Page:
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Is It Permissible To Separate Forks From Knives on Shabbat?
The Shabbat prohibition of Borer forbids separating items that are mixed together. Thus, if food is mixed together with an inedible substance, one may separate them only if he removes the food ("Ochel") from the inedible substance ("Pesolet"), and not the other way around. And even separating in this fashion is forbidden if the separation does not serve an immediate purpose. Meaning, one may separate the "Ochel" from the "Pesolet" in preparation for a meal that is about to be served, but not for a meal that will be served later in the day.

There is a debate among the Halachic authorities as to whether these restrictions apply to separating Kelim (utensils), as well. For example, if on Shabbat a person’s cutlery is all mixed together, may he separate the utensils into different piles of forks and knives? Clearly, it would be permissible to remove the utensil that one needs for immediate use from a pile of cutlery. The restrictions on separating cutlery will certainly be no stricter than those that apply to separating food, and thus just as one may separate "Ochel" from "Pesolet" for an immediate purpose, similarly, one may separate a utensil needed for immediate use. The question arises, however, as to whether one may separate cutlery for a purpose that is not immediate. For example, if somebody is setting the table on Friday night in preparation for Shabbat lunch, may he separate the utensils to place the forks and knives in their appropriate places on the table?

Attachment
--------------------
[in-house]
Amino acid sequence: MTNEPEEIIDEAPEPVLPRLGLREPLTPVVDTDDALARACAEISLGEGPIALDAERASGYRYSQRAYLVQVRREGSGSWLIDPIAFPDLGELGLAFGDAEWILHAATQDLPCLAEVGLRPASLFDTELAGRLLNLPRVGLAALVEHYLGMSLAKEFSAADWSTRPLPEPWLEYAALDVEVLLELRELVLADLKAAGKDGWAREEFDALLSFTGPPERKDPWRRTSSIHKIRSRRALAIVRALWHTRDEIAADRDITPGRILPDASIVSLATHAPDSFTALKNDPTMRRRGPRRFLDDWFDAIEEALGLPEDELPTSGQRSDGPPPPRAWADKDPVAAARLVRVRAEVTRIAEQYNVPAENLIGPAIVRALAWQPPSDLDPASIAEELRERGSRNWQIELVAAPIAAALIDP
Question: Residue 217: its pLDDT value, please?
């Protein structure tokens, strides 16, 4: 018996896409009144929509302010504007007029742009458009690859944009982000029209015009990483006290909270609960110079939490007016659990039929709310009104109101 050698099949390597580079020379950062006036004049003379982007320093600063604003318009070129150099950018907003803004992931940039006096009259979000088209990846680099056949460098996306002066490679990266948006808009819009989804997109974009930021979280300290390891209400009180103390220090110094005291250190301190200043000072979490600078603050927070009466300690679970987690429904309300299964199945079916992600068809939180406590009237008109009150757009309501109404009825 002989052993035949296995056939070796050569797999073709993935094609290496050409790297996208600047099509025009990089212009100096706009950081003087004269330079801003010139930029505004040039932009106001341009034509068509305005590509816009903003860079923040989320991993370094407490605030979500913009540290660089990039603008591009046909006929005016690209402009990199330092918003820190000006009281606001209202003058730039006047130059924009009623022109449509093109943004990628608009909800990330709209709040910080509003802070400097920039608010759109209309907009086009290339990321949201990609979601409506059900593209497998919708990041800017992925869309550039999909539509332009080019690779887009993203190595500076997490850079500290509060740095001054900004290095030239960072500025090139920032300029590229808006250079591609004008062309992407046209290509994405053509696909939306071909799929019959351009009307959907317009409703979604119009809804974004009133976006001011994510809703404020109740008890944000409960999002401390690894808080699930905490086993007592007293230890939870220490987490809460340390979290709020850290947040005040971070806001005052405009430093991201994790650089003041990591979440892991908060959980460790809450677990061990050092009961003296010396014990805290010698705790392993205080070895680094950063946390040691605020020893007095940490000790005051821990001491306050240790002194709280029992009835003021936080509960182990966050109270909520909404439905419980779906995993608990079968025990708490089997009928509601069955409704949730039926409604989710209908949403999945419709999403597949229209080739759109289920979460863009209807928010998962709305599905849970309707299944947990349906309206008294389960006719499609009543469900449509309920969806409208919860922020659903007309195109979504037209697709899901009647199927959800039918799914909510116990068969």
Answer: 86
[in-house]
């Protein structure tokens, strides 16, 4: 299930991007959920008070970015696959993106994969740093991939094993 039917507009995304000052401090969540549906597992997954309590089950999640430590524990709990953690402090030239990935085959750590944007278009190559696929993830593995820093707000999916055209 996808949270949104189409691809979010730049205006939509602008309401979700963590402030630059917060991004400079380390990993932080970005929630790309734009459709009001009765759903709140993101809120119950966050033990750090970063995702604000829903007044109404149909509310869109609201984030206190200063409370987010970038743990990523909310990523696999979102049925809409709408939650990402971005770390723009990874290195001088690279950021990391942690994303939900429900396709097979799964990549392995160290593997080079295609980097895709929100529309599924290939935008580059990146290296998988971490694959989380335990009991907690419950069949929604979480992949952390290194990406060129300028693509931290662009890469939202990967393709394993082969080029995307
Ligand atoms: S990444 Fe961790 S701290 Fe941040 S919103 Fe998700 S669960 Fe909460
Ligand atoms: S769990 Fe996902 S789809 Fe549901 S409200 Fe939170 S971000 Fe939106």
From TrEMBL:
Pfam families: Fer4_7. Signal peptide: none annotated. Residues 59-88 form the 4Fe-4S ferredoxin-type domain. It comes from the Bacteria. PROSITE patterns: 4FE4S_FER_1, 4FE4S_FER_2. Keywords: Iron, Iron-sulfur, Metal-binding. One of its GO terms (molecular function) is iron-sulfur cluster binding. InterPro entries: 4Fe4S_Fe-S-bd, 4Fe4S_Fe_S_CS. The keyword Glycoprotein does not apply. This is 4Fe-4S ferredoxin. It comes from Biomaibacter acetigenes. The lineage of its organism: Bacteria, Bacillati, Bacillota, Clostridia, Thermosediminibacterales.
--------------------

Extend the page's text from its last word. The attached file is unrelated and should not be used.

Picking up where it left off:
As mentioned, this issue is subject to debate among the Halachic authorities. The Taz (Rabbi David Halevi Segal, 1586-1667) ruled that the restrictions of Borer apply to utensils, and thus it would be forbidden to separate utensils for a purpose other than immediate use. This is the ruling of the Mishna Berura (Rav Yisrael Meir Kagan of Radin, 1839-1933), the Kaf Ha’haim (Rav Yaakob Haim Sofer, Baghdad-Israel, 1870-1939) and the Ben Ish Hai (Rav Yosef Haim of Baghdad, 1833-1909). Others, however, including the Mateh Yehuda (by Rav Yehuda Aya’ash) and the Or Same’ah, maintained that the law of Borer applies only to items that can be actually mixed together. Utensils cannot be mixed the way foods can, as each utensil remains easily identifiable even if it is together in a pile with other utensils. Therefore, according to these authorities, the restrictions of Borer cannot apply to utensils. This is the ruling accepted by Hacham Ovadia Yosef, in his work Yabia Omer, and thus those who wish to act leniently in this regard may do so. Certainly when dealing with large utensils, such as platters, which cannot really be mixed together in a "mixture" like a mixture of different foods, one may be lenient, as no "separating" is entailed at all.

This Halacha applies to books, as well. For example, if the books in the synagogue library are mixed together, the Shamosh may separate them into different piles or arrange them in their proper places on the shelves. Like utensils, books cannot be said to become mixed together into a mixture, and therefore the prohibition of Borer does not apply.

Summary: It is permissible on Shabbat to separate forks and knives that are mixed together. According to some opinions, this is allowed only if one takes the utensil that he needs (rather than moving away the utensils he does not need), and if this is done for immediate use.